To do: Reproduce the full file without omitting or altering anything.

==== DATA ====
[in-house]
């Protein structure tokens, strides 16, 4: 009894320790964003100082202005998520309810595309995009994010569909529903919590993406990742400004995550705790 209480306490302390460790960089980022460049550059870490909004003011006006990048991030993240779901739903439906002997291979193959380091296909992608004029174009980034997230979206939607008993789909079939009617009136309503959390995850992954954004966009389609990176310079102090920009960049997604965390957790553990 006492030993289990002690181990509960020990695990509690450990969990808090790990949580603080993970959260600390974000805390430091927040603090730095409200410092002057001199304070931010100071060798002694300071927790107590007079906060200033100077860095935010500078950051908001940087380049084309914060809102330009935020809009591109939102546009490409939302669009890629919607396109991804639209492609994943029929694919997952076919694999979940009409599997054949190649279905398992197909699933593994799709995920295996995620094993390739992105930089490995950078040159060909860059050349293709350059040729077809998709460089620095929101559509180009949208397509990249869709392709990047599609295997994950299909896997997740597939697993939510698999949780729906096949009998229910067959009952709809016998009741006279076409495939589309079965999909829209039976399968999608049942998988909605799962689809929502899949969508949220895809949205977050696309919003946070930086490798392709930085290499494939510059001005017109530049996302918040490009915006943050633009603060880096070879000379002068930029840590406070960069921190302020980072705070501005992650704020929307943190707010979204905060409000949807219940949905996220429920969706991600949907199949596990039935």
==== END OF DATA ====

[in-house]
């Protein structure tokens, strides 16, 4: 009894320790964003100082202005998520309810595309995009994010569909529903919590993406990742400004995550705790 209480306490302390460790960089980022460049550059870490909004003011006006990048991030993240779901739903439906002997291979193959380091296909992608004029174009980034997230979206939607008993789909079939009617009136309503959390995850992954954004966009389609990176310079102090920009960049997604965390957790553990 006492030993289990002690181990509960020990695990509690450990969990808090790990949580603080993970959260600390974000805390430091927040603090730095409200410092002057001199304070931010100071060798002694300071927790107590007079906060200033100077860095935010500078950051908001940087380049084309914060809102330009935020809009591109939102546009490409939302669009890629919607396109991804639209492609994943029929694919997952076919694999979940009409599997054949190649279905398992197909699933593994799709995920295996995620094993390739992105930089490995950078040159060909860059050349293709350059040729077809998709460089620095929101559509180009949208397509990249869709392709990047599609295997994950299909896997997740597939697993939510698999949780729906096949009998229910067959009952709809016998009741006279076409495939589309079965999909829209039976399968999608049942998988909605799962689809929502899949969508949220895809949205977050696309919003946070930086490798392709930085290499494939510059001005017109530049996302918040490009915006943050633009603060880096070879000379002068930029840590406070960069921190302020980072705070501005992650704020929307943190707010979204905060409000949807219940949905996220429920969706991600949907199949596990039935």